Akshay Patel: what happened to his mum Bina, and what did Sir Keir Starmer say in PMQs about ambulance wait?
Bina Patel’s son made six desperate calls to the emergency services - but the ambulance arrived too late to save her life
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The harrowing case of a mum who died after waiting an hour for an ambulance that came too late to save her life was put to the Prime Minister as he was quizzed over the NHS.
Boris Johnson was told by Sir Keir Starmer that Bina Patel, her family and others “deserve better” as the Labour leader questioned him over wait times and other problems within the health service.
Previously released audio calls revealed Bina Patel’s tragic final moments as her son, Akshay Patel, 28, made six desperate calls to the emergency services for help, only for the ambulance to arrive after she had died.
But what happened to Bina, and what did Sir Keir say about her case during PMQs?
What was said during PMQs?
Sir Keir warned “things are getting worse, not better” in the NHS under Mr Johnson before he highlighted the case of Bina Patel along with that of another patient who had to crowdfund for a private operation due to a two-year wait for surgery.
Speaking of Bina’s son Akshay Sir Keir said: “Last year his mother woke up unable to breathe. Akshay called 999 six times. In his last call he said: ‘I rang an hour ago for an ambulance as she had difficulty breathing, and now she’s dead.’”
Sir Keir pressed Mr Johnson to admit these people “deserve better than a wanting and inadequate Government utterly unable to improve our NHS”.
In response Boris Johnson said he believed all MPs had sympathy with the cases, adding: “I share their feelings, but when you look at what this Government is doing, we are making colossal investments in our NHS, we’re cutting waiting times, we’re raising standards, we’re paying nurses more, we’re supporting our fantastic NHS, and by the way, (Sir Keir) continually came to the House and said we had the worst Covid record in Europe – turned out to be completely untrue, he still hasn’t retracted it.”
What happened to Bina?
Akshay is first heard telling ambulance call handlers his 56-year-old mum is “struggling” to breath after she woke up screaming his name in the early hours of the morning.
In calls that follow, he describes how her situation is “critical” only to be told that he may have to wait “one-and-a-half hours” for an ambulance as the service is “busy”.
He later says his mum’s mouth has “gone all-white” and pleads for immediate assistance but emergency service personnel just tell him that “help” is on its way.
After Bina collapses and becomes unresponsive, her heartbroken son can be heard venting his fury that an ambulance didn’t arrive in time to save her.
He tells call handlers: “I rang an hour ago for an ambulance as she had difficulty breathing, and now she’s dead. She’s f*cking dead.
“My mum’s dead, thank you for the ambulance. Appreciate it.”
Akshay, who had shared a home with his mum in Ashton-Under-Lyne, Lancashire, said he realised she was unwell when she shouted for him at 2:15am on 11 October, last year.
He said: “Obviously I woke up straight away, and I could see her having difficulty with her breathing. I ran downstairs, got her a glass of water and called ‘999’.”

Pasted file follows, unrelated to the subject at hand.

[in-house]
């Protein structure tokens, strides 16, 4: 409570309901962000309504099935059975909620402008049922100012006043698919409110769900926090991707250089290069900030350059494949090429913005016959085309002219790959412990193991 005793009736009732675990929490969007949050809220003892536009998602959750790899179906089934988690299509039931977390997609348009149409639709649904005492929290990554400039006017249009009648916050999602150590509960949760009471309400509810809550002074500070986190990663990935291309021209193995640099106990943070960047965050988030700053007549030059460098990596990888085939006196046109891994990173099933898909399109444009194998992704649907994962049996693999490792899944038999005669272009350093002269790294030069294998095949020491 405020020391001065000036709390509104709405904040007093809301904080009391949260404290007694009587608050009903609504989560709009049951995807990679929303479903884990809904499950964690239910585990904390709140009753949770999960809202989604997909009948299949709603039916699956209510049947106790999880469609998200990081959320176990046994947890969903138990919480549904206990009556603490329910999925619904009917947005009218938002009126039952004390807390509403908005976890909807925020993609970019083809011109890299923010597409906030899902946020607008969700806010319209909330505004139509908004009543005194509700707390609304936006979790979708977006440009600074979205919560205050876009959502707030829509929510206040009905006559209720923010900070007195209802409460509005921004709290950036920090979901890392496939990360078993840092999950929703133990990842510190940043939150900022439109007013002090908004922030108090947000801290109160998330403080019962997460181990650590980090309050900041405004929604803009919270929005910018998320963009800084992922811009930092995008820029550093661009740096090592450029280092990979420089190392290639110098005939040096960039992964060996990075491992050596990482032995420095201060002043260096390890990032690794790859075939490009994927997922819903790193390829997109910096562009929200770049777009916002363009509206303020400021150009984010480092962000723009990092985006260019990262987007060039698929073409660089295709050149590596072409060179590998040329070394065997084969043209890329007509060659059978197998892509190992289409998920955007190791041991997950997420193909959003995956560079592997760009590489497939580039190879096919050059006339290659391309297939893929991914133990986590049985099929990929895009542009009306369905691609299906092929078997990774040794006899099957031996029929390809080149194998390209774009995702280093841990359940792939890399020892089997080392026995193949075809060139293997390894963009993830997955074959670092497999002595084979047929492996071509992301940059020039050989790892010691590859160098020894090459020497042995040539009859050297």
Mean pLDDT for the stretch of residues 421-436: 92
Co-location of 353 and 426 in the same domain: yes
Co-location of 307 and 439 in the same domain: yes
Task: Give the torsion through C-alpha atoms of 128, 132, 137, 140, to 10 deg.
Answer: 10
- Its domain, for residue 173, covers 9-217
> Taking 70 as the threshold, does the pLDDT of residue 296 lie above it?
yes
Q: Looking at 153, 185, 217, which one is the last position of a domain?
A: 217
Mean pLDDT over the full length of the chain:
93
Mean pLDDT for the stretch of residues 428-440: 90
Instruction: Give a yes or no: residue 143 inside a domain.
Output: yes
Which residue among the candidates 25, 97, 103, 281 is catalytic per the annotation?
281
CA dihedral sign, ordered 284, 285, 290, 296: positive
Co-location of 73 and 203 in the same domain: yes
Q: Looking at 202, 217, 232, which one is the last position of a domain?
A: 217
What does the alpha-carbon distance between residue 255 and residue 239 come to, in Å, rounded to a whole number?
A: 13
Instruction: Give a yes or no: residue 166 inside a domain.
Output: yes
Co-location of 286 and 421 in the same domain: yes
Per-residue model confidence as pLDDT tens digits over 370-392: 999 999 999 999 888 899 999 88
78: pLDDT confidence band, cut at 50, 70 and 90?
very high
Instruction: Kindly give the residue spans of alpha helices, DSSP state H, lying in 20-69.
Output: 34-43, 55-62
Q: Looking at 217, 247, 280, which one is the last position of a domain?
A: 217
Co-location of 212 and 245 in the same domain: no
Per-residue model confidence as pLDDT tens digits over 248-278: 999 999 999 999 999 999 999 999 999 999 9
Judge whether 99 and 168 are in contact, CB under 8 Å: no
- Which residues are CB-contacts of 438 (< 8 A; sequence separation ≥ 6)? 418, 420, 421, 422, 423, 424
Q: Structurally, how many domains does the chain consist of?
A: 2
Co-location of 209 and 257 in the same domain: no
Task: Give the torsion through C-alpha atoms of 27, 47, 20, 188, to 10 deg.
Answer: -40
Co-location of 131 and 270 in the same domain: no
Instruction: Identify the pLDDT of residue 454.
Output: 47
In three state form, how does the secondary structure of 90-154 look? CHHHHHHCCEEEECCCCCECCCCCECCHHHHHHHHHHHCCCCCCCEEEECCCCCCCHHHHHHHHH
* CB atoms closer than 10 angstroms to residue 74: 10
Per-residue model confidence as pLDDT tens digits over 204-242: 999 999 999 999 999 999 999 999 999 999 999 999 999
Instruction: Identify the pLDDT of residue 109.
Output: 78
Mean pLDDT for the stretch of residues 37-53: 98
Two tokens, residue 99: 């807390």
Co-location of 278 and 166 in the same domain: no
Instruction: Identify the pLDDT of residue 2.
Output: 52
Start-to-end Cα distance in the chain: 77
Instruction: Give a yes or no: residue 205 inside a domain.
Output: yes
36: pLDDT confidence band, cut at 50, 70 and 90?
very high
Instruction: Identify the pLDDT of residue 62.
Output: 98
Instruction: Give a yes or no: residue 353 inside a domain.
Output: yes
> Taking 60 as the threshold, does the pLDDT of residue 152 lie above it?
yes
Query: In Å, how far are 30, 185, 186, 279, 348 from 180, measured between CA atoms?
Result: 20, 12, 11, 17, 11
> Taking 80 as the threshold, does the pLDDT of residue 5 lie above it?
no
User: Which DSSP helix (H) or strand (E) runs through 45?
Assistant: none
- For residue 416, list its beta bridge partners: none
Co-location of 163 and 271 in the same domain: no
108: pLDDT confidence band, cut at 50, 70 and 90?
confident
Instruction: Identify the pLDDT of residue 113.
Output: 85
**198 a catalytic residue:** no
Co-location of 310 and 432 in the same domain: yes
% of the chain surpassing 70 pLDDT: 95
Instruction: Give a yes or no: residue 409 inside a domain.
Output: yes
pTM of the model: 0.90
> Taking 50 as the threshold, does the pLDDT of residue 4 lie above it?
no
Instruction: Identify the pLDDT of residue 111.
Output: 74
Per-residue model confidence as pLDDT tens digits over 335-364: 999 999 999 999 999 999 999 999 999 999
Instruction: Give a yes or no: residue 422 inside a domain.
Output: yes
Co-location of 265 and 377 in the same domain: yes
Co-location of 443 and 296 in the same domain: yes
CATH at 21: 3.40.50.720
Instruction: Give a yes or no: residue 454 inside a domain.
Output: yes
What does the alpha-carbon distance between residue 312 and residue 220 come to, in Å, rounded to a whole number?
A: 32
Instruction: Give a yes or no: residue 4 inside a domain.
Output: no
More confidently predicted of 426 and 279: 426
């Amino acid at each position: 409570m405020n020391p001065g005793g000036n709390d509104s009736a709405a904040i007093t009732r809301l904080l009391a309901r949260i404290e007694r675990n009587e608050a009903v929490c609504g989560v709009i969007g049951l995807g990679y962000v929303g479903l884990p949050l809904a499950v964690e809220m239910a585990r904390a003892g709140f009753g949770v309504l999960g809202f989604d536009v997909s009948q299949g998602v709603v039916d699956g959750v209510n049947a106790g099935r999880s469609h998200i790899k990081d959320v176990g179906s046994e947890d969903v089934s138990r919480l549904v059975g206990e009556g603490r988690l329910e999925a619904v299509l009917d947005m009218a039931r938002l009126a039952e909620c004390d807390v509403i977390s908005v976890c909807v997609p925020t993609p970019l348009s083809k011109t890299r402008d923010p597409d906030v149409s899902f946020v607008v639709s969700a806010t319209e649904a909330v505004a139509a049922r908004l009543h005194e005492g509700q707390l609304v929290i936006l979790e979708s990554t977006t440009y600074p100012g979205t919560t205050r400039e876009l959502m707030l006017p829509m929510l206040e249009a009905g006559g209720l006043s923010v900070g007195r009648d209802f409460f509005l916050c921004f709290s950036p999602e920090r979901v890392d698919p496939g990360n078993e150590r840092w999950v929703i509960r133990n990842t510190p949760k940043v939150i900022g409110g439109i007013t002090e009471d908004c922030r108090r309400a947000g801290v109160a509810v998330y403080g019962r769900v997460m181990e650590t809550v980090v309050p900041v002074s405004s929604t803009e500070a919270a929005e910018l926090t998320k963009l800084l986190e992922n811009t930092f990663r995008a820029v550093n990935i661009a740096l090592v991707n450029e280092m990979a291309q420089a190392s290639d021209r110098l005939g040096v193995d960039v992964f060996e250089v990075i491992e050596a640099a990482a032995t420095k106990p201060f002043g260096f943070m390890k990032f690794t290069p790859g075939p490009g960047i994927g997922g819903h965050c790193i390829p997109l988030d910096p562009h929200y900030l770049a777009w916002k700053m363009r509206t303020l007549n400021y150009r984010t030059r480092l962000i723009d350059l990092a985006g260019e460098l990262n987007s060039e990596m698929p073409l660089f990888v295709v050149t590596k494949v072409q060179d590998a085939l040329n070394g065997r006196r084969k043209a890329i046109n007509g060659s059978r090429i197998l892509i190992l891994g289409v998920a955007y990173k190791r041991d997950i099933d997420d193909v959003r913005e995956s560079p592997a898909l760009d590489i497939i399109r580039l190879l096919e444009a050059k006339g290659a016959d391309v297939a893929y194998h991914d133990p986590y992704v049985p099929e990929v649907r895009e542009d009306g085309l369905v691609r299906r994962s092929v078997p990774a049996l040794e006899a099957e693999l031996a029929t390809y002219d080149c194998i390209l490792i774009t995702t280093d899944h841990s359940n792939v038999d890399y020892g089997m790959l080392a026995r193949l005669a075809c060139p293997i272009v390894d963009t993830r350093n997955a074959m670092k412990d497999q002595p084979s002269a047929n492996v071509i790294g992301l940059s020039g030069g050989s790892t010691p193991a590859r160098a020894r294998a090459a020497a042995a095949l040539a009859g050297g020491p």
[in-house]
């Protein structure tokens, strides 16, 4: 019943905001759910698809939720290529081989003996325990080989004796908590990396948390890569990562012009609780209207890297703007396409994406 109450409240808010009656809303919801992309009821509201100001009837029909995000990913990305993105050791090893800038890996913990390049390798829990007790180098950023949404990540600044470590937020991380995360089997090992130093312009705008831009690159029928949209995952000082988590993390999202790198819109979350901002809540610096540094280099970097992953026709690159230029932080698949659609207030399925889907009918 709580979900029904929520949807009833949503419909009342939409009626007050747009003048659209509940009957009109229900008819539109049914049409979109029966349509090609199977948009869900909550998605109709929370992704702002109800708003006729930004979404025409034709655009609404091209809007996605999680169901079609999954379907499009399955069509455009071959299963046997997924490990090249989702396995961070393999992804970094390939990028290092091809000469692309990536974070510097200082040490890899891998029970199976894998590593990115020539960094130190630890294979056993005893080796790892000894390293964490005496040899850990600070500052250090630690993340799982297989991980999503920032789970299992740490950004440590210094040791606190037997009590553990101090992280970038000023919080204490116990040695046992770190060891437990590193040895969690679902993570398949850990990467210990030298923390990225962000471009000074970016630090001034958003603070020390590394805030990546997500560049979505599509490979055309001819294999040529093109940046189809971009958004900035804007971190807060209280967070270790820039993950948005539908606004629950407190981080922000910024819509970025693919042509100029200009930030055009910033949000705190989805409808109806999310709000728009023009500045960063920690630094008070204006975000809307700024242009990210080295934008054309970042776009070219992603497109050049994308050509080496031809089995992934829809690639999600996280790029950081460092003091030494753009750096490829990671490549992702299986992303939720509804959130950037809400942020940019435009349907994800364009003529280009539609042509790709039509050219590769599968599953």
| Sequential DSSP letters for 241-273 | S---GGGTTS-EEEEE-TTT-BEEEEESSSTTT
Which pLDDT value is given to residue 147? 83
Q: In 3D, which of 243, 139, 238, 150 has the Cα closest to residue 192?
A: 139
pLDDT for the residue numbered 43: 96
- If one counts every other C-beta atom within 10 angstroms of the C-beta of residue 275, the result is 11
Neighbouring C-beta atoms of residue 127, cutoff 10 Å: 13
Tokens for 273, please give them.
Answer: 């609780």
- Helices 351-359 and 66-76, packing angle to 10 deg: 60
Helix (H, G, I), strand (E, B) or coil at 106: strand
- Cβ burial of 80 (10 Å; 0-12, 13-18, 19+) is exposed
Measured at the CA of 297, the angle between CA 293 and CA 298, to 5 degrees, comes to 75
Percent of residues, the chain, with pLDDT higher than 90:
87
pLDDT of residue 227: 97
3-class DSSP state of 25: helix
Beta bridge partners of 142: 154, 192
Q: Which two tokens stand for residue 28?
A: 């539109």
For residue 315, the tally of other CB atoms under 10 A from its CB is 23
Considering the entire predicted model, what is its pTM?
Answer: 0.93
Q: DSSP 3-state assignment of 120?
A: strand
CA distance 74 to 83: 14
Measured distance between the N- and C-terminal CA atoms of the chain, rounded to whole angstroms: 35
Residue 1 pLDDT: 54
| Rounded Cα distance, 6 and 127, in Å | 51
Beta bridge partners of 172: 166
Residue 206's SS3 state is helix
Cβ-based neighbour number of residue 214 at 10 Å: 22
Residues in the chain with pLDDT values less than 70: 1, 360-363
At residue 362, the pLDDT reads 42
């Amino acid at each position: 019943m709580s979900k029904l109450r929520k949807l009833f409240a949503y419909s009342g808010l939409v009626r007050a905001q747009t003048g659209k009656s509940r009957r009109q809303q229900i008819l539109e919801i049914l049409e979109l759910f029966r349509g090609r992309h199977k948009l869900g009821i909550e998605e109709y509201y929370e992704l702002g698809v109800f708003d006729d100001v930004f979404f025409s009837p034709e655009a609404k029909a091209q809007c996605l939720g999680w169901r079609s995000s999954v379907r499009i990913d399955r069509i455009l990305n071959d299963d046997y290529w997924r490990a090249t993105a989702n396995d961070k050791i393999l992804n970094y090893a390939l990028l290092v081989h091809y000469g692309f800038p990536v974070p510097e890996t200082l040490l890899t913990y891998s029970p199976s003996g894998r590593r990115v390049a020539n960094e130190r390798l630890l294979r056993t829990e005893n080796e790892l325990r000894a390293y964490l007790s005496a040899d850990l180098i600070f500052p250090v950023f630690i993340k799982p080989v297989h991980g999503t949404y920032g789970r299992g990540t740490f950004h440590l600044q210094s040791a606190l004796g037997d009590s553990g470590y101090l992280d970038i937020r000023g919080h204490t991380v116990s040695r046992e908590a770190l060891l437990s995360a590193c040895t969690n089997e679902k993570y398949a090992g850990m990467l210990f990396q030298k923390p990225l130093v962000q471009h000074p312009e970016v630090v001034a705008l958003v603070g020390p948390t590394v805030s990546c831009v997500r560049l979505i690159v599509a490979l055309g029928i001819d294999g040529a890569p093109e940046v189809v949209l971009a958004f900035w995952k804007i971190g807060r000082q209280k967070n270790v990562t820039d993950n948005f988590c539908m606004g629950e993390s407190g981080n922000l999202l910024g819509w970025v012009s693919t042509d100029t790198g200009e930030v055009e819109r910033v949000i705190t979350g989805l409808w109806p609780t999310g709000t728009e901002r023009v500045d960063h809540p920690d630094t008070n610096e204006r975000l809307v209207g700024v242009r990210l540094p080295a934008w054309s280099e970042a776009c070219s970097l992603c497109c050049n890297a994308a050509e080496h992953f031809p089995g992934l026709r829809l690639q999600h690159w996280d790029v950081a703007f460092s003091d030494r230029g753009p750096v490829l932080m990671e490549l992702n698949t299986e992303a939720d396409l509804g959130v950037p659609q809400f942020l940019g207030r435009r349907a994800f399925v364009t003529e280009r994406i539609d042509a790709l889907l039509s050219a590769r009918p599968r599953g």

When Akshay spoke to call handlers, he said his mother was “finding it difficult to breathe” and had “flu like symptoms”, thinking an ambulance would be sent quickly.
How long did the family wait for an ambulance?
After 20 minutes passed without any sign of the emergency services, he called again only to be informed that the wait time might be “one and a half hours.”
In the background of his subsequent calls to the emergency services, his mum can be heard screaming out: “Hurry up, I’m dying!”
In later conversations with emergency call handlers, Akshay tells them his mum’s condition is “getting critical”.
At one point he says: “The patient’s mouth has gone all white, she’s probably going to die” but is told the ambulance service is “extremely busy” and experiencing “delays.”
Over the phone, he’s heard saying: “We logged a call half an hour ago. She can’t breathe at all.”
“She’s not been able to breathe for the past hour. She’s struggling.”
When paramedics finally arrived at 3:27am, almost an hour after Akshay’s initial call, they tried to revive Bina, but their attempts sadly failed.
What has Akshay said?
Recalling the events of that terrible night, he said: “I looked at my mum, and I couldn’t tell her, “Mum, it’s going to be an hour and a half.”
“I tried my best to stand her up, to try and get her downstairs and into a car to take her to the hospital.
“She couldn’t stand up. She was falling back on the bed to the point where I was holding her upright to make sure she didn’t fall again.
“She was just panicking and panicking for help.”
He added: “The only way I can describe it is, imagine someone holding you underwater. There’s not much you can do.”
His mum had first suffered from a blockage in her heart, which caused a stroke and then a heart attack, a horrific series of events which Akshay had to watch.
He said: “I witnessed the blockage when she was screaming and shouting.
“I witnessed the stroke when she was panicking, and I witnessed the heart attack when she fell on the floor.
“No one in the world should witness that.”
Akshay previously said he hoped to meet with Health Secretary Sajid Javid to discuss how changes to the NHS could save more lives in the future.
He said: “The [ambulance] crew that came, the people that work for the organisation, they do an amazing job.
“But the overall structure, the way it’s been set up, and the way the money kind of trickles down is wrong.
He added: “Once we were clapping for the NHS throughout Covid. Now, me personally, can I clap for it? Can I trust them? No, I can’t.”